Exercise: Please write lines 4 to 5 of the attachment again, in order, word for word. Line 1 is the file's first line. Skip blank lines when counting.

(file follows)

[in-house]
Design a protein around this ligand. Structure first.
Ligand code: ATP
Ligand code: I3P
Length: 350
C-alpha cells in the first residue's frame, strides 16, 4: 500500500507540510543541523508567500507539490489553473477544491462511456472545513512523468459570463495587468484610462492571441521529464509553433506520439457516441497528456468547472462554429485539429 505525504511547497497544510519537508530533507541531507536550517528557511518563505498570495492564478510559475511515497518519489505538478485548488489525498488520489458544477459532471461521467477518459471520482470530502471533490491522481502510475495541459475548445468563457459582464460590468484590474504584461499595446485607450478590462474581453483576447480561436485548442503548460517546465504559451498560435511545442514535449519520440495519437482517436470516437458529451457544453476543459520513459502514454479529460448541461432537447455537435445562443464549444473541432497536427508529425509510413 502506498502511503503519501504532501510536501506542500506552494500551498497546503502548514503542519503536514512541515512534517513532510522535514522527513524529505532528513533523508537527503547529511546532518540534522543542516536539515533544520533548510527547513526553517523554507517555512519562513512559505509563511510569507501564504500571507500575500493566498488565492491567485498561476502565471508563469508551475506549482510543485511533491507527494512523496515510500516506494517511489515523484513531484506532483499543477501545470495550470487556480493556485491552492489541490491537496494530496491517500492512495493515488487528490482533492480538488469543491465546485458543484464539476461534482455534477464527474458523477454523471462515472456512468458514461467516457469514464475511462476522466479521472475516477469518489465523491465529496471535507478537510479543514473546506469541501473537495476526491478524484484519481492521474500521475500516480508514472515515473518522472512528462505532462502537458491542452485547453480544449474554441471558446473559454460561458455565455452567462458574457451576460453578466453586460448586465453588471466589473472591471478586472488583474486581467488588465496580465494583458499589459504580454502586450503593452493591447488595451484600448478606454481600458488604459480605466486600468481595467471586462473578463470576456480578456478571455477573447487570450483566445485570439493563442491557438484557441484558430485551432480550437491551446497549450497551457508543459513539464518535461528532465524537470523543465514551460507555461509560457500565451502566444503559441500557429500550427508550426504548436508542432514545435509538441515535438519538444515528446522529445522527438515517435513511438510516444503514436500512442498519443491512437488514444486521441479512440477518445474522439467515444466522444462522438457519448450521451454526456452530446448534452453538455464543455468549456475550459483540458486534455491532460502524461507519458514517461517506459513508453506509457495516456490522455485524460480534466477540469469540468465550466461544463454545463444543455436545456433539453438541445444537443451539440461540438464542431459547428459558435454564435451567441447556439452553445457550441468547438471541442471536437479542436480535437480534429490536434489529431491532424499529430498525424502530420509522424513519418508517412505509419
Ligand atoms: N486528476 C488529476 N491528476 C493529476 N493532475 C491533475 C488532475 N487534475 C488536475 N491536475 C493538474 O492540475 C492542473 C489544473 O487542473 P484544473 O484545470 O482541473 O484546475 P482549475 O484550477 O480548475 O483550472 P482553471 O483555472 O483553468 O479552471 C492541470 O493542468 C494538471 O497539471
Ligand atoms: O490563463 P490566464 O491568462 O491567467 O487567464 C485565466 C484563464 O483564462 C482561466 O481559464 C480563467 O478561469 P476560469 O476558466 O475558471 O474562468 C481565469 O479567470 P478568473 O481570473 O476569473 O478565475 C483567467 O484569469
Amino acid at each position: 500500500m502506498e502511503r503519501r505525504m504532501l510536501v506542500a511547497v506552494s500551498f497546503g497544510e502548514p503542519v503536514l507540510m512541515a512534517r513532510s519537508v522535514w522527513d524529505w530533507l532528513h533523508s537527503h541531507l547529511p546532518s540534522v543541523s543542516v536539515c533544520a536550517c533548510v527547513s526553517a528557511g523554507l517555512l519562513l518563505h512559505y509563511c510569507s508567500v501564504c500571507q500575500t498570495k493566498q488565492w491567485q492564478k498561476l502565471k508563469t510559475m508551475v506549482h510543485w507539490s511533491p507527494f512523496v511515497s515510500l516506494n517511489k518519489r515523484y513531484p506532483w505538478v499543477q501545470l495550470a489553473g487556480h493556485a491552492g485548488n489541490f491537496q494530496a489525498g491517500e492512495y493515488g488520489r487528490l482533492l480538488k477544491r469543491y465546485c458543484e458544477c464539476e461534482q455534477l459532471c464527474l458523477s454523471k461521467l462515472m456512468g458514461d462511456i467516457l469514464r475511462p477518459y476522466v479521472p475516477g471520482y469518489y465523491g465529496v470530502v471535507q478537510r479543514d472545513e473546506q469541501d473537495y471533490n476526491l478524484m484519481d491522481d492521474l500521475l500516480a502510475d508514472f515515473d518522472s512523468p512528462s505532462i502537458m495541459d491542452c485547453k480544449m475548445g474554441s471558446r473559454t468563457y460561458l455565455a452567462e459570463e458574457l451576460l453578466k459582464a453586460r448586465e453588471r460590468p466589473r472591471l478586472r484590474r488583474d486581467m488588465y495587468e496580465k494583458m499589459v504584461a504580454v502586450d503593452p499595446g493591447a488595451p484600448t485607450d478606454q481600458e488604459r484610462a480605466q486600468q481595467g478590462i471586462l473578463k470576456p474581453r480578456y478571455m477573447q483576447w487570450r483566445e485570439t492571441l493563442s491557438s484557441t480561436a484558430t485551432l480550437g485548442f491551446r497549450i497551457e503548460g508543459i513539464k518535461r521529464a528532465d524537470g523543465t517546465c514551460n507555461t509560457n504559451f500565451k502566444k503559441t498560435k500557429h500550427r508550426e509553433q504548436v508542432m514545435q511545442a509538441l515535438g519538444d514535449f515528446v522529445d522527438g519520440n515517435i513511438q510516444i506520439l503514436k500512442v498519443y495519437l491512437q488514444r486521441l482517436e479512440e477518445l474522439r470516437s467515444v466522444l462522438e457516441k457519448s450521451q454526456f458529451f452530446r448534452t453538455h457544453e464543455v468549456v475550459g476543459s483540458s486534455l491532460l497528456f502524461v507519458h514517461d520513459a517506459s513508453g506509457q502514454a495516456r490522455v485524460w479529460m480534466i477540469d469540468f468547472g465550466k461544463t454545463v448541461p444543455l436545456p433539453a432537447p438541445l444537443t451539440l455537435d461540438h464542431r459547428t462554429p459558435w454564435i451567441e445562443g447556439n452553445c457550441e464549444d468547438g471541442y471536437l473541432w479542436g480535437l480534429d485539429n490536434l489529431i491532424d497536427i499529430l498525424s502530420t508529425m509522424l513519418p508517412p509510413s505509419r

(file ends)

Ligand code: I3P
Length: 350